Part of the crew were forced to stay on the aircraft overnight at Seoul airport

I spent the next few hours watching the in-flight movie (which presumably someone with dark humor had selected –- it was the original version of ‘Flight of the Phoenix’), and talking to the flight test team. As dawn broke (my second sunrise of the day) one of the team showed me how to look for the shadowgraph of the supersonic shockwave on the wing and the barely visible distortion of the air caused by the thin line of the shock. Aerodynamic monitoring was a huge deal for the test team. By then McDonnell Douglas already knew the MD-11 was below specification and were hurriedly designing a set of aerodynamic tweaks to claw back lost performance. The engines were the principle culprits with the Pratt & Whitney PW4460 around 5% over its fuel burn target and General Electric’s CF6-80C2 some 3% off target. But engine changes take time, and until improvements could be made MDC was forced to focus on the airframe to try and make good on its performance guarantees.

On the flight deck I sat in a jump seat behind MD-11 chief engineering test pilot John Miller and reveled in expansive views of the Rocky Mountains through the enormous side windows. Another highlight included my first sighting of a B-2A bomber, flying below us as we transited the Nevada-California border. Finally arriving in Yuma, I was greeted by my first taste of the heat of the American southwest as well as the annoying presence of tiny biting insects which the MDC crew cheerfully and endearingly called ‘no-see-ums’. Drinking refreshingly cold water in the debriefing room, I watched as the flight crew tallied up the legs and calculated the flight had covered 22,290 miles in 43 hours and 13 minutes of flying time.  Leaving the airfield as the second sunset of my day glinted off the polished flanks of the MD-11 I felt I had landed in another world.

The MD-11 sits on the ramp at MDC’s Yuma, Arizona flight test site.

The next day we ferried the MD-11, which was painted in the colors of its eventual operator -- Delta Air Lines -– to California. However the fun wasn’t quite over. Rather than flying directly to Long Beach, we headed out to a restricted area over the Pacific where several stalls and approach to stalls were conducted. Each time we entered a stall the detached flow battered the wide crown of the fuselage and, to my surprise, created a deafening sound as if large grass rollers were being trundled over the metal skin by a team of demented park keepers. Testing completed, and lunch still in my stomach, we flew back to shore and landed at Long Beach, my first point of entry into California.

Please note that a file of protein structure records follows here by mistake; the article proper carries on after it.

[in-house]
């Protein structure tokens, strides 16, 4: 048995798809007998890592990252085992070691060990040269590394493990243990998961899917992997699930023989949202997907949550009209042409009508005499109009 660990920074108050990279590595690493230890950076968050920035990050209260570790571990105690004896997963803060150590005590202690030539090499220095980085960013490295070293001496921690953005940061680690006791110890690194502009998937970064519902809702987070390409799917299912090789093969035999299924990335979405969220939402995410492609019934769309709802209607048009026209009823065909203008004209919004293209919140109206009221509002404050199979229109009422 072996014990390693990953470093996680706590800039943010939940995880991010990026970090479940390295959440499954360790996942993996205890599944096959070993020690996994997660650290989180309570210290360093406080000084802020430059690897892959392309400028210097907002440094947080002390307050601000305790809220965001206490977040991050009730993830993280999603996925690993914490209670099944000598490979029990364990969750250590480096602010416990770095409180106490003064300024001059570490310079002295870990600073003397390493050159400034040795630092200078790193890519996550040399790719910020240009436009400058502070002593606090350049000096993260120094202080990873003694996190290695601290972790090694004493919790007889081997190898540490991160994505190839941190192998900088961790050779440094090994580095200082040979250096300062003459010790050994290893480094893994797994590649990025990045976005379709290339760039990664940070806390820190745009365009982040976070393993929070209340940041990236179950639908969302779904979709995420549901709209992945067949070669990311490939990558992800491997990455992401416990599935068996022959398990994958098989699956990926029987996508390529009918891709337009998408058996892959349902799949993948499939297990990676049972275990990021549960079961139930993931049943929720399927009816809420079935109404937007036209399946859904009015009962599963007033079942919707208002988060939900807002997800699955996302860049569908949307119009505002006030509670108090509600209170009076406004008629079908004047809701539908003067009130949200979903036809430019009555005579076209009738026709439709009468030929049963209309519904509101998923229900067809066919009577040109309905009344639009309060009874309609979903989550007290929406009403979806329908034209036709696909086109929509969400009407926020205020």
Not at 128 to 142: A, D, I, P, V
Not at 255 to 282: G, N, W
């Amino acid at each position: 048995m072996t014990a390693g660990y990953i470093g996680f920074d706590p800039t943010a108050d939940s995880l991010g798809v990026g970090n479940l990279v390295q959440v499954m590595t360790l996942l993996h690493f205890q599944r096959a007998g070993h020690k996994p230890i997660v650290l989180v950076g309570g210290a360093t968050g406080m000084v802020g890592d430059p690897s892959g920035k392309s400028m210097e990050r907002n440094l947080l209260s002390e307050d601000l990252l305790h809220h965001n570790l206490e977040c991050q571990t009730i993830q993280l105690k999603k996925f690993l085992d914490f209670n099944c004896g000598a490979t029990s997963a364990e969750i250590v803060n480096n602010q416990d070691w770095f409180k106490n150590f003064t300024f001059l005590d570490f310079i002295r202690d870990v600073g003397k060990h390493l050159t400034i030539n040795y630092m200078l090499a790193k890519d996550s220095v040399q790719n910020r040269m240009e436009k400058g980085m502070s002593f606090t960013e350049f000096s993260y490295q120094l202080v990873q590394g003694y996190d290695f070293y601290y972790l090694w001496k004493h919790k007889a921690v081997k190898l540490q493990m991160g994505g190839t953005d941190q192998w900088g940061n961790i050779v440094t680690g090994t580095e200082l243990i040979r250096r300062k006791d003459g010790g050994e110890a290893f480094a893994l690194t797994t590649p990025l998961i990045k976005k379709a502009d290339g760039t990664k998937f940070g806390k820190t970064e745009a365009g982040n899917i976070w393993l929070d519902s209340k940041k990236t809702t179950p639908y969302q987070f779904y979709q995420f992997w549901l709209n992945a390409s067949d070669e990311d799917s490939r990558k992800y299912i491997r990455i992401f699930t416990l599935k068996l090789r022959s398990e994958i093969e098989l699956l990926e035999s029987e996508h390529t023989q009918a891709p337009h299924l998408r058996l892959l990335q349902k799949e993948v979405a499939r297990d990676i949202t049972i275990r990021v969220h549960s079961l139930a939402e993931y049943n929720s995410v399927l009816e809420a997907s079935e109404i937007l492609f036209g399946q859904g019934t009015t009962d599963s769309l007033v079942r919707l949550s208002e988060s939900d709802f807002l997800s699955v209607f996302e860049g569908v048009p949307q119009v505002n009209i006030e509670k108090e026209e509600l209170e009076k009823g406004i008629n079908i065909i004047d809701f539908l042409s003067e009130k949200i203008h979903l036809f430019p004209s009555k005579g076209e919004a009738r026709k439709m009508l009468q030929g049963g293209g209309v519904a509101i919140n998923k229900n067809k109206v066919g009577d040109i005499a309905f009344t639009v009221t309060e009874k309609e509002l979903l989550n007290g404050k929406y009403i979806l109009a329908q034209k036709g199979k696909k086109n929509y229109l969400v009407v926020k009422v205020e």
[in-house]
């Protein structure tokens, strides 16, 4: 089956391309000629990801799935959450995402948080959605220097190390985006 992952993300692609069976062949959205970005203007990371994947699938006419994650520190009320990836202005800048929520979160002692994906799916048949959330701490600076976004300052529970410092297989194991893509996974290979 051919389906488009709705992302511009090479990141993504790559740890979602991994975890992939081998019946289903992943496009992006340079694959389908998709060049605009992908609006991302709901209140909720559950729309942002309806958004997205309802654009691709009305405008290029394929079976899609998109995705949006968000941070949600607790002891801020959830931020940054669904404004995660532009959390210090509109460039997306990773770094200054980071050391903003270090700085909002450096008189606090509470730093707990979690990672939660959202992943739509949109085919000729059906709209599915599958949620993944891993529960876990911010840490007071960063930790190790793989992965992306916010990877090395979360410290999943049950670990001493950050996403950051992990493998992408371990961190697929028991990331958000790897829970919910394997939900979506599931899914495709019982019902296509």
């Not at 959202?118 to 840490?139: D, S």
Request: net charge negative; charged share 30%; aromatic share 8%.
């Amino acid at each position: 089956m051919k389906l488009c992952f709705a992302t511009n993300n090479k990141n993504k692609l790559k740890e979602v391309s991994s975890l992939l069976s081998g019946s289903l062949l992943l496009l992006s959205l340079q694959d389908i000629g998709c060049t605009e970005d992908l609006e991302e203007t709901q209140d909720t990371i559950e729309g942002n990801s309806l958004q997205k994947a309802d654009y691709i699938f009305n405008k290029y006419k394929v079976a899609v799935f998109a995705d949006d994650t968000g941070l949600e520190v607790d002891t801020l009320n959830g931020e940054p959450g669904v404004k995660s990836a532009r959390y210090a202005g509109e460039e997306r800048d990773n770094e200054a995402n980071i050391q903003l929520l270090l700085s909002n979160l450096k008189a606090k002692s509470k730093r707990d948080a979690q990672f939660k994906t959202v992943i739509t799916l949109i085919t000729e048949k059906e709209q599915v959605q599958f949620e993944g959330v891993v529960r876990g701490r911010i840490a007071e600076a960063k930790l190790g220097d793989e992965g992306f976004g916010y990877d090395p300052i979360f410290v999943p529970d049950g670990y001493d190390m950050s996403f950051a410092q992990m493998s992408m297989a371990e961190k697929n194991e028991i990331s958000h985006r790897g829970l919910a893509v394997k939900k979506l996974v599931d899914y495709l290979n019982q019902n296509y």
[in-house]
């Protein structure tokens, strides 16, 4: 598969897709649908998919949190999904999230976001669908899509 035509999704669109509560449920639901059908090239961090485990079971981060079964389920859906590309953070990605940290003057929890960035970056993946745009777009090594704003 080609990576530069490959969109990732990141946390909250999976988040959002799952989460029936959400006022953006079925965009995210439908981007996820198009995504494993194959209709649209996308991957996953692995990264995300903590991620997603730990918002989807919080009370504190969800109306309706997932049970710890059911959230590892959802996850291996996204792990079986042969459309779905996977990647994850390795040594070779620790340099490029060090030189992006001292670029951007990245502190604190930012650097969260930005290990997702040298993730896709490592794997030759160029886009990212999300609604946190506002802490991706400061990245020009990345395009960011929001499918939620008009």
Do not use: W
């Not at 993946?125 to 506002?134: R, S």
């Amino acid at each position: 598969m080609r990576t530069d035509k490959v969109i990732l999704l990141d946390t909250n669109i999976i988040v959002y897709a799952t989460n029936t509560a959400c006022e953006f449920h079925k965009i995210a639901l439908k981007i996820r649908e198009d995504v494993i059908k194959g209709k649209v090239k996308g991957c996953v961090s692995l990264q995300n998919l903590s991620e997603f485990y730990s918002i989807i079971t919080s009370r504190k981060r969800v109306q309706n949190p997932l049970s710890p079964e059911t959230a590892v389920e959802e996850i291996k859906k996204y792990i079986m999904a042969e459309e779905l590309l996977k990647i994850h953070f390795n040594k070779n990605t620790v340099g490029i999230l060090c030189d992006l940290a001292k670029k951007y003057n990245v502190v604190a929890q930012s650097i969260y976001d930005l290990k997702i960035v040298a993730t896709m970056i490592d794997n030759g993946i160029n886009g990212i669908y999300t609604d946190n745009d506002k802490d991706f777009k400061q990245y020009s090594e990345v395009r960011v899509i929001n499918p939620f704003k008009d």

Our aircraft for that flight, the fifth and final to join the flight test effort, had a bit of history itself. Originally due to be delivered to Air Europe as G-MDII, it was instead transferred to Delta when the British airline dropped its order. Air Europe would also have been launch customer for the Rolls-Royce Trent 600, a version of the engine that was never offered in the end. After only four years with Delta, the aircraft served with VASP of Brazil until 2001 when it was converted into a freighter for Gemini Air Cargo. Stored for a short time during the 2008 recession, it later joined World Airways. Earlier this year it was withdrawn from service and, as far as I know, today languishes in Marana, Arizona, awaiting its fate only 200 miles from where it completed that round-the-world flight 24 years ago.

For a detailed description of what it was like to fly the big trijet, and to review the aircraft’s technical features, read David Hughes’ excellent pilot report from October 1990.

► Read the report in the October 22, 1990 issue of Aviation Week & Space Technology:

          Extensive MD-11 Automation Assists Pilots, Cuts Workload (Part 1)

          Extensive MD-11 Automation Assists Pilots, Cuts Workload (Part 2)

► Aviation Week is approaching its 100th anniversary in 2016. In a series of blogs, our editors highlight editorial content from the magazine's long and rich history, including viewpoints from the industry's most iconic names and stories that have helped change the shape of the industry.